Application                                                                                                                                                                                                                                                
Outcomes
1,5                                                                                                                                                                                                                                                                                                                                                                                                                                                                                                                  
Use of transitional words and phrases imaginatively and appropriately throughout the paper. Use of transitional words and phrases adequately and appropriately throughout the paper. Use of transitional words and phrases sporadically and inappropriately throughout the paper. Use of no transitional words and phrases. 
Content of Communication                                                                                                                                                                                                                                   
Outcomes
1,3,4,5                                                                                                                                                                                                                                                                                                                                                                                                                                                                                                              
Demonstrates a high degree of skill in using the writing process and a variety of creative writing strategies appropriate to audience and theme of the paper. Demonstrates adequate skill in using the writing process and a variety of creative writing strategies appropriate to audience and theme of the paper. Demonstrates a lack of skill in using the writing process and a variety of creative writing strategies appropriate to audience and theme of the paper. Demonstrates no skill in using the writing process and a variety of creative writing strategies appropriate to audience and theme of the paper.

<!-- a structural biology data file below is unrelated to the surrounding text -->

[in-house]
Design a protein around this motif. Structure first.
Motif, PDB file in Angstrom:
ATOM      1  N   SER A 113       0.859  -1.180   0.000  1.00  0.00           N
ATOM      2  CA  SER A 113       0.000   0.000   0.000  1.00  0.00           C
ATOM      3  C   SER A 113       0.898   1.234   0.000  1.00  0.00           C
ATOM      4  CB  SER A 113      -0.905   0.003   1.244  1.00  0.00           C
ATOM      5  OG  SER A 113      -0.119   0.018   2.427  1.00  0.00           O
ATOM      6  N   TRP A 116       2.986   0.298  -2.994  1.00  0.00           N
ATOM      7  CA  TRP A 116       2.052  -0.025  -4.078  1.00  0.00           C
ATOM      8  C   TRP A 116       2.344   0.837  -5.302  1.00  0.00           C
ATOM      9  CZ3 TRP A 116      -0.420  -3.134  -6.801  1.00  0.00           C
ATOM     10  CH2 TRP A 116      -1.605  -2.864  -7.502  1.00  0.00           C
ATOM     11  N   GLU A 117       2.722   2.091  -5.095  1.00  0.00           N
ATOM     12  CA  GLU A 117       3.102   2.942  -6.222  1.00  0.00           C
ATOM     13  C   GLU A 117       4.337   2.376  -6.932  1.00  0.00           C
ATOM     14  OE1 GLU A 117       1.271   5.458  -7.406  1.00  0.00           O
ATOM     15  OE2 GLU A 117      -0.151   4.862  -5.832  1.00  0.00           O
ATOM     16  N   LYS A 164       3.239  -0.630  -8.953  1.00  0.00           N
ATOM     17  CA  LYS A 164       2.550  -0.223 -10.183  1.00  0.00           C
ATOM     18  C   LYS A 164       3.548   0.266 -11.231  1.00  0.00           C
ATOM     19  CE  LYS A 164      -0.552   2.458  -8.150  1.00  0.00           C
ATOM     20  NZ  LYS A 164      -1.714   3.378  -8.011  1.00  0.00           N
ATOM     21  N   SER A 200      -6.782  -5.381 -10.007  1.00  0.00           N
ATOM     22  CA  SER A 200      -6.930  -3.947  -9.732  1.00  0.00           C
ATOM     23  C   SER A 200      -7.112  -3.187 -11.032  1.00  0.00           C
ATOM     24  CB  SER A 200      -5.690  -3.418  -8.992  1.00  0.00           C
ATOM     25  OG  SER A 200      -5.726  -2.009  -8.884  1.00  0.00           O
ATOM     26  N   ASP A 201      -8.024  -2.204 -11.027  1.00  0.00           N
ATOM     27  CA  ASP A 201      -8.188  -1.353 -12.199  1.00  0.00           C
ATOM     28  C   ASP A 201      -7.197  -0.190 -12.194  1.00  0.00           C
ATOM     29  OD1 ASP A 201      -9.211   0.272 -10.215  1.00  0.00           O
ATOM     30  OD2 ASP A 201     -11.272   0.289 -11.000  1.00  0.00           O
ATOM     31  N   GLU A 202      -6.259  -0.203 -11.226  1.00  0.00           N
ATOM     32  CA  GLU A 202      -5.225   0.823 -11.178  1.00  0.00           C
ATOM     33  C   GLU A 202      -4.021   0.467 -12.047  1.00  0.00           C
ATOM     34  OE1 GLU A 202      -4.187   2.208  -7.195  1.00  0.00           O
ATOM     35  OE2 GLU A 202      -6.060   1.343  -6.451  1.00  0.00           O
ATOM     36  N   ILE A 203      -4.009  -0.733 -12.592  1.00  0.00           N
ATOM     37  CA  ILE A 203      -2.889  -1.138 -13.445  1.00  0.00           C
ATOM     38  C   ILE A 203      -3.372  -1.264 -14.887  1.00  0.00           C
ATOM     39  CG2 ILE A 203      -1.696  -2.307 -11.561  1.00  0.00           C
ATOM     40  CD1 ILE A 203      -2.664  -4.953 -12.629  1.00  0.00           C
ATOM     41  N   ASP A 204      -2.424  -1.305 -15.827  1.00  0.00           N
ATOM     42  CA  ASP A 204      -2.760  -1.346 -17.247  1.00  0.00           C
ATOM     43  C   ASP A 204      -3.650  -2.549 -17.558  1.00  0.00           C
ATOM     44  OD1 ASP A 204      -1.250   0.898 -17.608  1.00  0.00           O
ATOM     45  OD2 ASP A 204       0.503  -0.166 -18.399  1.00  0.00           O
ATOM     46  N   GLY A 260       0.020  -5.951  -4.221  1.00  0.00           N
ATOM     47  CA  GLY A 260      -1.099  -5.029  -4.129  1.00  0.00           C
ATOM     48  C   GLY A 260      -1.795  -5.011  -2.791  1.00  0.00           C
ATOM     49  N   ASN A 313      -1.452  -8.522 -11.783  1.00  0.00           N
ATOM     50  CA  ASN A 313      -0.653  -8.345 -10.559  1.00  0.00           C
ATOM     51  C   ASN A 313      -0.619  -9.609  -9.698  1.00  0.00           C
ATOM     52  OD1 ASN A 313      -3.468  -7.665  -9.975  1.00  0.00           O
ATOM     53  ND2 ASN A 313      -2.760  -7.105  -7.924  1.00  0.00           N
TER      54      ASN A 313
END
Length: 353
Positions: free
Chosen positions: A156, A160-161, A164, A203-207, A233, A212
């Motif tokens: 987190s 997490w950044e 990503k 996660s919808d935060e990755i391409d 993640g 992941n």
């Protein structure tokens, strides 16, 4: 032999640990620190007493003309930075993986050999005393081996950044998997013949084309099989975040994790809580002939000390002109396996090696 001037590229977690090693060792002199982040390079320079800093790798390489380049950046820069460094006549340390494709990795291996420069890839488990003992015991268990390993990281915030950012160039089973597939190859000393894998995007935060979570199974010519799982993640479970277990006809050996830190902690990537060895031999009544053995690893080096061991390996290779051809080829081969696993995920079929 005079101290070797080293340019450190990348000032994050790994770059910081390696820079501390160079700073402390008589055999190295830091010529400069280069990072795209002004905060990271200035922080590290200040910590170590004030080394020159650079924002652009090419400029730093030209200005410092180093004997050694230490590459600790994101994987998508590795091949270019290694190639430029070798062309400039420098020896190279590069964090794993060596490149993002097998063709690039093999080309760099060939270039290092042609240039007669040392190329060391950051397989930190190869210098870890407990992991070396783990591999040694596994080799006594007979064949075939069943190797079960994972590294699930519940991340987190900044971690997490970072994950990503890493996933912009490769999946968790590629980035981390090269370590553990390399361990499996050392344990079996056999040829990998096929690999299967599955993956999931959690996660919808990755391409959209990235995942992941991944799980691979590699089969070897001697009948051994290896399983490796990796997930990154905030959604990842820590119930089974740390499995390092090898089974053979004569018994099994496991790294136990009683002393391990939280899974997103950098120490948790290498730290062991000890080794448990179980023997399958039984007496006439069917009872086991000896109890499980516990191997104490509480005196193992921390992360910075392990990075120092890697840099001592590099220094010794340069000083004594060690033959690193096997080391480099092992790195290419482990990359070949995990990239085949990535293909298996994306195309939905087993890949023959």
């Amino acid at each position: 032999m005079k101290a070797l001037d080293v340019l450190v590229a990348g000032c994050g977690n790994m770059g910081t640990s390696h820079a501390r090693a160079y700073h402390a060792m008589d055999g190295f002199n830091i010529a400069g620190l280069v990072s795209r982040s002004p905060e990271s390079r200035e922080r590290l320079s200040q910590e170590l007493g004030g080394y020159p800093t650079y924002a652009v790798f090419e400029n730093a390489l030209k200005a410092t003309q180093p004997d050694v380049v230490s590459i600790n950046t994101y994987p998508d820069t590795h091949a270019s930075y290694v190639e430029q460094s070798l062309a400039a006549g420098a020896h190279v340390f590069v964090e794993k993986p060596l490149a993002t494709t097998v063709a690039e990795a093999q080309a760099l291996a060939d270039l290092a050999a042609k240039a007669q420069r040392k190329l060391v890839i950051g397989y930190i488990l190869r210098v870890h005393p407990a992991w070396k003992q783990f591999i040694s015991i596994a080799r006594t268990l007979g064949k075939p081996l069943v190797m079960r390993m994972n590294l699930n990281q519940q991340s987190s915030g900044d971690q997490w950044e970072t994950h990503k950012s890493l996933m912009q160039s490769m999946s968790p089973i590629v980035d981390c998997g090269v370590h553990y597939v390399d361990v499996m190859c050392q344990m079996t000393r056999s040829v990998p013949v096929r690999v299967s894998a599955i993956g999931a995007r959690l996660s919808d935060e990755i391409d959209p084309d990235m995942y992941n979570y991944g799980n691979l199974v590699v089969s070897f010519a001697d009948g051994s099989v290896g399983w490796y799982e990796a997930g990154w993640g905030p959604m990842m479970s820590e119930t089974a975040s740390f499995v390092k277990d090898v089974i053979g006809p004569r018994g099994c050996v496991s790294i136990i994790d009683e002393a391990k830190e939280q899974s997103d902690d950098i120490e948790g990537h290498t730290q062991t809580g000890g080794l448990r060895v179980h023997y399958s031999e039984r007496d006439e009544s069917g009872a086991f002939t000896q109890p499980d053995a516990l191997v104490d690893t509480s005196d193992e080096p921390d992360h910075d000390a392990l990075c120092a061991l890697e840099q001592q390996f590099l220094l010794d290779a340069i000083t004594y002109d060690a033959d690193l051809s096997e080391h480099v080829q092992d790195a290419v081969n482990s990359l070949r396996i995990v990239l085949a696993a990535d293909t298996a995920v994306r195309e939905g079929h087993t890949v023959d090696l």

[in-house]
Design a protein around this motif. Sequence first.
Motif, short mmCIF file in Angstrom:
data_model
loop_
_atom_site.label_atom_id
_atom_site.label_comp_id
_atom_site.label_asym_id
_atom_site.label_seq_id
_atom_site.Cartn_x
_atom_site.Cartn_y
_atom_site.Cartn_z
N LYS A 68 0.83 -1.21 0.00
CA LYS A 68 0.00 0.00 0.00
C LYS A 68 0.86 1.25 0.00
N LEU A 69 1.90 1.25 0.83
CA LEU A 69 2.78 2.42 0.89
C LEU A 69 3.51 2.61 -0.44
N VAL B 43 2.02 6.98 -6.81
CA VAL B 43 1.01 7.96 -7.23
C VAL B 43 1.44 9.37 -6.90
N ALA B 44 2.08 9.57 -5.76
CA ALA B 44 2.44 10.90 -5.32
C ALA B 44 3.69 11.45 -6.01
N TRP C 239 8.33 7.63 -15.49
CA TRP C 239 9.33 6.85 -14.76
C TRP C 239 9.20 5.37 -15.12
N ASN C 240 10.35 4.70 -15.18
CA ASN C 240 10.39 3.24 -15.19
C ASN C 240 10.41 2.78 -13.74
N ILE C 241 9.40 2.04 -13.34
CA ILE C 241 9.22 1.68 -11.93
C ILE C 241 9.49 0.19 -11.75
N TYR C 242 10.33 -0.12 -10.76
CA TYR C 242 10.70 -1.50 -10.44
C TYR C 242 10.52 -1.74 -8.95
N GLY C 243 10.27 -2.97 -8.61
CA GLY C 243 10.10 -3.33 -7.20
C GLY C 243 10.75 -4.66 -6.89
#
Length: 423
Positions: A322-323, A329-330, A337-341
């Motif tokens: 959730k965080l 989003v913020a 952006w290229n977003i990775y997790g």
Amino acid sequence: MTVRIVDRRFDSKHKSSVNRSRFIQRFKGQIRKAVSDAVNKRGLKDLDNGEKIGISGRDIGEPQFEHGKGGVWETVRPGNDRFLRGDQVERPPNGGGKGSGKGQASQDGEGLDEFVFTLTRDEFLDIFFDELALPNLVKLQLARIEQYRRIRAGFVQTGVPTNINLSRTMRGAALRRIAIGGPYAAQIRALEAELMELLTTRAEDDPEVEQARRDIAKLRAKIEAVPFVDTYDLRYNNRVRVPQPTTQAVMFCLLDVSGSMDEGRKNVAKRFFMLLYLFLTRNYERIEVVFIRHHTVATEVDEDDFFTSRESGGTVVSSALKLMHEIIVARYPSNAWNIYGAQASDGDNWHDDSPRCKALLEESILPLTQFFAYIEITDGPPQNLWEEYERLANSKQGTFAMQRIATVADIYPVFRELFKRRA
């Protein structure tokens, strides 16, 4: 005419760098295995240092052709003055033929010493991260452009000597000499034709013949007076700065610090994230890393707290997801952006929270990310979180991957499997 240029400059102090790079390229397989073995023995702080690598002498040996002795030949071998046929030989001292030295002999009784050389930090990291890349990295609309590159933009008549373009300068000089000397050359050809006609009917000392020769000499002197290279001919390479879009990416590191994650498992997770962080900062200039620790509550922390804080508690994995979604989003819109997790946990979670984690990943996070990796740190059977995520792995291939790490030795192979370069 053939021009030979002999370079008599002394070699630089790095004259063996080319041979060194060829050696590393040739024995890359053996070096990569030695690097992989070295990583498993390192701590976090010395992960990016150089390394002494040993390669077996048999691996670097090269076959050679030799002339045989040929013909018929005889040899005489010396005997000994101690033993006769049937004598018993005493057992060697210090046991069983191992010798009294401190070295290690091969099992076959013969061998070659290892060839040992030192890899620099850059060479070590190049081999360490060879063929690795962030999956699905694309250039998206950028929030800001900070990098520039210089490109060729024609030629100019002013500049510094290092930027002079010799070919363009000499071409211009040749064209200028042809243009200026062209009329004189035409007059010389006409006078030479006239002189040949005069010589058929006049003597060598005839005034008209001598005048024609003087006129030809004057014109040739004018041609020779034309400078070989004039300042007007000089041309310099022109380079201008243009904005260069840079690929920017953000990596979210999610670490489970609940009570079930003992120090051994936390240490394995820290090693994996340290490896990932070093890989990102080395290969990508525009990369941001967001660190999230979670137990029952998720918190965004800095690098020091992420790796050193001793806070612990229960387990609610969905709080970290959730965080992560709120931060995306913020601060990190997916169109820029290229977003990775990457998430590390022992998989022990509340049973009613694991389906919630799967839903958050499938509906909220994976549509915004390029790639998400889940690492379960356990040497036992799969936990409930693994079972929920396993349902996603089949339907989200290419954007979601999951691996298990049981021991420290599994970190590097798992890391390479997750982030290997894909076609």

Technical Skill in Communicating                                                                                                                                                                                                                           
Outcomes
1,4                                                                                                                                                                                                                                                                                                                                                                                                                                                                                                                  
Demonstrates a high degree of skill in correctly using Standard Written English. Demonstrates adequate skill in correctly using Standard Written English. Demonstrates little skill in correctly using Standard Written English. Demonstrates no skill in correctly using Standard Written English. 

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Last Updated:12/10/2010 9:42:29 AM